Klein – “Patriarchy gets funky” from No Logo, chapter 5

Here, Klein focuses on the ways in which corporate marketing swallowed up the political controversy surrounding media representation of racial, sexual, and social identity.  She sets the scene in the late 80s, a time at which the politics of social equality were focused on media representation of minorities and alternative identities.  At first, the media and authority figures reacted strongly against accusations of political incorrectness.

However, corporations drew on issues of diversity and identity politics, seeing them as the key to a multitude of market niches, demographics waiting to be represented.  Nike sold racial awareness, MAC sold gender fluidity, etc.  Political radicals who had formerly thought they were instigating social revolution found that their ideas had only fueled the prevailing system.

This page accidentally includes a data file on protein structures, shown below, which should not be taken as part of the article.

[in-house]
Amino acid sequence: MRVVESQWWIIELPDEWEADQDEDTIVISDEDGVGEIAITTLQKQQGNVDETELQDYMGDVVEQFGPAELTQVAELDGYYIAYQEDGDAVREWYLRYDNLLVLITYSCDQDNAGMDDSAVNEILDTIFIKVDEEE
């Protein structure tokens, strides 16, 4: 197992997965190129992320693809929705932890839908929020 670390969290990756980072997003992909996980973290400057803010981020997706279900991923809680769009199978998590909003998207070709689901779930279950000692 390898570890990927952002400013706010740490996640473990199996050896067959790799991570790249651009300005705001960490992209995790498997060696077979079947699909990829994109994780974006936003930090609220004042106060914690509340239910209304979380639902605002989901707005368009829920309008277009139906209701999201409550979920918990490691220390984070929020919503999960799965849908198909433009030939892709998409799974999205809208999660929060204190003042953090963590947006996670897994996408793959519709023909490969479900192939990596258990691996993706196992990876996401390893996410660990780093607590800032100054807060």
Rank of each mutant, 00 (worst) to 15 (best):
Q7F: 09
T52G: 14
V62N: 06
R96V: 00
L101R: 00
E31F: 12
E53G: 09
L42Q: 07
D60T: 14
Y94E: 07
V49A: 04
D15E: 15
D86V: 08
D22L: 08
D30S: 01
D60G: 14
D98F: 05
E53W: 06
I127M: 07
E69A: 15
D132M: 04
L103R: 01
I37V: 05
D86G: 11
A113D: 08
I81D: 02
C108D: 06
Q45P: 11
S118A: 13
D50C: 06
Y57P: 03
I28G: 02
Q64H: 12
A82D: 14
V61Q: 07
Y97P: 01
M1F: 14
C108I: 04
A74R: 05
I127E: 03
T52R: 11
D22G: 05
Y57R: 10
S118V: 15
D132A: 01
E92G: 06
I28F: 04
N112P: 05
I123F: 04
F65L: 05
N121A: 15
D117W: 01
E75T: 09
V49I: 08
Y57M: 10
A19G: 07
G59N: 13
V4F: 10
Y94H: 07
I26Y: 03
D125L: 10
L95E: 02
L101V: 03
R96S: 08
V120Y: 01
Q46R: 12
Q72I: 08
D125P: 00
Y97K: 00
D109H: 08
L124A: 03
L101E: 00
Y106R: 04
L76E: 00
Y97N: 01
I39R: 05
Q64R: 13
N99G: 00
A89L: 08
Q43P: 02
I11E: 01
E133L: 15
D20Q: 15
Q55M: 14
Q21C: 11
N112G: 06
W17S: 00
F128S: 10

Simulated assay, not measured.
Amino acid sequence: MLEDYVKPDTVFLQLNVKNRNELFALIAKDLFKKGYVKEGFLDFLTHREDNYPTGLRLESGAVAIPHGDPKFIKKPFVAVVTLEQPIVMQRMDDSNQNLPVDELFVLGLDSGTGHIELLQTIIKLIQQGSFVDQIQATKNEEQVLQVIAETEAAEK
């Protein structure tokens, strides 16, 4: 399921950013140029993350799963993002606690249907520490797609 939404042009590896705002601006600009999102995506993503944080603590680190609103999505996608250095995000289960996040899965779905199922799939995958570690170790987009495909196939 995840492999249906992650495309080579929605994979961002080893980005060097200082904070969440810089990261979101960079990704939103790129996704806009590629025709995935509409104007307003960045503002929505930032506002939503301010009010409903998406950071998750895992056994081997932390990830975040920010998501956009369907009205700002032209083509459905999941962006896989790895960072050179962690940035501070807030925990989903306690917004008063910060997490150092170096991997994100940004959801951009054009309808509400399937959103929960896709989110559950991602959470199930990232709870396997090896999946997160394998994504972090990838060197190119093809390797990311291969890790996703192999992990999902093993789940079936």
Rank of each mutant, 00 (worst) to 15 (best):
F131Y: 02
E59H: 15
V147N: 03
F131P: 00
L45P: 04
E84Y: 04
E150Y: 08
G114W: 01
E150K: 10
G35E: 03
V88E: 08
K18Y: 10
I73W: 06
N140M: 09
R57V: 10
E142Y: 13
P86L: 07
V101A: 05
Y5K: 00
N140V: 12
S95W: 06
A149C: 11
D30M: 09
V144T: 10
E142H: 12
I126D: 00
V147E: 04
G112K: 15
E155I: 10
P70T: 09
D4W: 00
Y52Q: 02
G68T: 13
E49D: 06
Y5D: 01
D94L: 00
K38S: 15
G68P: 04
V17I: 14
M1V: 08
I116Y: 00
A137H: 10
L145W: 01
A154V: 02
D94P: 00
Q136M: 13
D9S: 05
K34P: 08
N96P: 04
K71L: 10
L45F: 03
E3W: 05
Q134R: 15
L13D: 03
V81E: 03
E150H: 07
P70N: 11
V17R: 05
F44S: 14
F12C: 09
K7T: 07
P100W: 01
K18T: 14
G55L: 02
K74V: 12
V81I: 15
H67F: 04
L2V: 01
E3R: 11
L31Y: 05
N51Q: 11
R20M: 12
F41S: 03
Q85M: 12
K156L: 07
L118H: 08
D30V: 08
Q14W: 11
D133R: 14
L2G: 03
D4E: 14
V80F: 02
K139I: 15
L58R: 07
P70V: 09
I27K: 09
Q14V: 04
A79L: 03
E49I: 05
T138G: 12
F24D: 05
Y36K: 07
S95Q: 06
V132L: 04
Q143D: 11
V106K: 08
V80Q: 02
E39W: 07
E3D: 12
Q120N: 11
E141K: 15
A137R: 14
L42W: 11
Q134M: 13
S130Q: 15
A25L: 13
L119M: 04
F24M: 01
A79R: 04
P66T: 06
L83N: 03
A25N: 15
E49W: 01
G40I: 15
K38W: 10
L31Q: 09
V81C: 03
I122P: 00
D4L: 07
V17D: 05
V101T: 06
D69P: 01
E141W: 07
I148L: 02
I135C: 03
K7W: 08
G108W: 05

Klein concludes that companies were able to accommodate cultural differences while remaining internally coherent by homogenizing the world’s needs and desires.  Enter the age of the global corporation.

Claire Bishop – Relational Aesthetics and Antagonism

In this article, Bishop criticizes artists whose work is based on interactivity with the viewer.  A prominent proponent of the movement, Nicolas Bourriaud, lays out a new realm of aesthetics that encompasses real human interaction (on the part of the viewer) and the social realities that it represents.  Bishop focuses on the artists Rirkrit Tiravanija and Liam Gillick, both of whom set up installations whose primary purpose is to outline a distinct social interaction between viewers.

While interactive work is novel in that it replaces detached opticality with intersubjective relations, Bourriaud’s analysis is inadequate in that it does not address this phenomenon with any distinct set of standards that would equip it with aesthetic value.  Bishop introduces the idea that democratic social structures are based on antagonisms that are never quite resolved.  Antagonism is the result of collisions between incomplete identities, which necessarily characterize the subject under Lacan’s definition.